A lot has happened, personally and secularly and while most isn't funny, I try to ride through it. It's the spirit, eh? But in the midst of those events, I have been itching to air my views on this very disturbing issue. The issue in question is about (Turin) Tomi, the UniLag student who reportedly offed himself due to pressure from 'school' and all that went with it. The issue struck a wrong cord in me and I have been very bitter ever since. The suicide rate in Nigeria is not as much as countries such as Japan and there's a joke that Nigerians love life so much that they'd rather live with their head way in doodie than kill themselves. Yes, life is good, and a lot of us are good at handling stress. Whatever prompted this young man to take his life must have been so aggravating, and no doubt it was. I'm not saying schooling does not go with some measure of stress. Nothing good comes easy and all the pressures that go with meeting deadlines are part of what makes the effort worthwhile in the end, because it prepares one for the busy post-education life. What I'm talking about here is unnecessary stress from sadist lecturers. supervisors and people in positions of authority in our higher institutions. Stress that shouldn't be there in first place. Stress that one can and should avert.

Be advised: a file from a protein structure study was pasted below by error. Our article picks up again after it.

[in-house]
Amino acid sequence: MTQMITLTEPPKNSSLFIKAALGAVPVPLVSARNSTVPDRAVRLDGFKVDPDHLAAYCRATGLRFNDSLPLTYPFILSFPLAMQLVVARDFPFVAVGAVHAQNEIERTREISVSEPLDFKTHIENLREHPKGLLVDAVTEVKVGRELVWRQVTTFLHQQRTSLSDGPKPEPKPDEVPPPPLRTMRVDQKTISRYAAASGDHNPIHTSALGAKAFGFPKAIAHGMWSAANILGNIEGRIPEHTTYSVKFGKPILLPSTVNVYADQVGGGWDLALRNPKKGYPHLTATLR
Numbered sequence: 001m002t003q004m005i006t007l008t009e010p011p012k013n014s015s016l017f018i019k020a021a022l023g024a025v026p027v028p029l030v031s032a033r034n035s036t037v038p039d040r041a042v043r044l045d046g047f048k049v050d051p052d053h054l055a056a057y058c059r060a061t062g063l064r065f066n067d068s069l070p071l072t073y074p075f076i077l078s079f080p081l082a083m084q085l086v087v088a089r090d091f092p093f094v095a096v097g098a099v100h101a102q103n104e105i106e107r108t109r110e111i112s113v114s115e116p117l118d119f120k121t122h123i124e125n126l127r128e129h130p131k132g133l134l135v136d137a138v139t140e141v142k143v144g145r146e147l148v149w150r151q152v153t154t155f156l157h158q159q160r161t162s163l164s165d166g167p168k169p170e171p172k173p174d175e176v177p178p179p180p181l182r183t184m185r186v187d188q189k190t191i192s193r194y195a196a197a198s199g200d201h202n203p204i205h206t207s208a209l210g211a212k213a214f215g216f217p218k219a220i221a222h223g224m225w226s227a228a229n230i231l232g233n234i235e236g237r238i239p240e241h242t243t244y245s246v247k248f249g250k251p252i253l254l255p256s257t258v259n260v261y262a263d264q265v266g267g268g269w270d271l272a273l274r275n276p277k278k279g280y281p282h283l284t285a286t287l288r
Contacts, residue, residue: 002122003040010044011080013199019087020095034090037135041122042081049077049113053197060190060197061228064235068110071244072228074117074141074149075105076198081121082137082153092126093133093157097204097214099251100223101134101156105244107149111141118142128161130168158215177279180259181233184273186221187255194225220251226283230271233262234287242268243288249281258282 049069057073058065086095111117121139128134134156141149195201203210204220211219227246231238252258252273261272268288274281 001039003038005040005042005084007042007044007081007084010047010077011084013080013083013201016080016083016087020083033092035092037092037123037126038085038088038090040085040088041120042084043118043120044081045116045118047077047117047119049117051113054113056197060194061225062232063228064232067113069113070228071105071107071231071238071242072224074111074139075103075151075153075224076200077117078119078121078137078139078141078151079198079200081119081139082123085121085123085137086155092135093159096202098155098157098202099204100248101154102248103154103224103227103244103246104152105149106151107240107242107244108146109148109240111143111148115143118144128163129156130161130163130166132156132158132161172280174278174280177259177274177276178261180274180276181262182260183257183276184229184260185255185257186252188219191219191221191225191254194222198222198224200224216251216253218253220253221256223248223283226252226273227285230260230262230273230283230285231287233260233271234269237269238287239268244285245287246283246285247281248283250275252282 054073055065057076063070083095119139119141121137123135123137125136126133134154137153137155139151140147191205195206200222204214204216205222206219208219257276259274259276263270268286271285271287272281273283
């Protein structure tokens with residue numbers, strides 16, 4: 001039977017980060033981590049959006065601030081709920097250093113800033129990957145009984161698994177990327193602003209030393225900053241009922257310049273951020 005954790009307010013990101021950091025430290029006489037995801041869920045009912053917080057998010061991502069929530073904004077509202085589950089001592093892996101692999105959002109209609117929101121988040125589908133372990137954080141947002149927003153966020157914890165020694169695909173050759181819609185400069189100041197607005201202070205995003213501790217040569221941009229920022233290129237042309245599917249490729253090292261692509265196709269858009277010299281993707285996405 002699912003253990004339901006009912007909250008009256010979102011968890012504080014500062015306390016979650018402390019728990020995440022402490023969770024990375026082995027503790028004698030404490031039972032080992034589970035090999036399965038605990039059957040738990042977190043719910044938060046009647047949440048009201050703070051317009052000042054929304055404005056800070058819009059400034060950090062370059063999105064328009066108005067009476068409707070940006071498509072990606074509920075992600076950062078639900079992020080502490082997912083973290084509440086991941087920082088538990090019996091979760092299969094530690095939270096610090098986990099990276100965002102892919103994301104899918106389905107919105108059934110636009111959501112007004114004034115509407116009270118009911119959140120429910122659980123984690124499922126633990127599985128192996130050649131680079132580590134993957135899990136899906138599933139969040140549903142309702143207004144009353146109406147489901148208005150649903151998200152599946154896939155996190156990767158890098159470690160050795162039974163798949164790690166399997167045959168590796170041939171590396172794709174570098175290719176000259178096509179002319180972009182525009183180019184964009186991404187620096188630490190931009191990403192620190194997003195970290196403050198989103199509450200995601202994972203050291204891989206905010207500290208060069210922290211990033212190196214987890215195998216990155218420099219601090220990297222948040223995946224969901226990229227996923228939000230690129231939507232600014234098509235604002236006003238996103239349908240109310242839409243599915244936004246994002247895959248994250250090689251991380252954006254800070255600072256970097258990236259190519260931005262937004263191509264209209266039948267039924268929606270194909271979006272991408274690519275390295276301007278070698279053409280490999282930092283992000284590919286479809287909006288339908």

Of course, (Turin) Tomi's suicide has not solved the issue and that is where my angst comes in. The underlying problem is still there and a lot of other students are out there going through the same shit, over and over. All the issues our older siblings go through replicates itself when the younger generation get into the educational system. If nothing is done, our kids would also be victims of the same anomaly. They will have to go through an issue they shouldn't have faced in the first place, simply because we have let these things slip through our hands unsolved.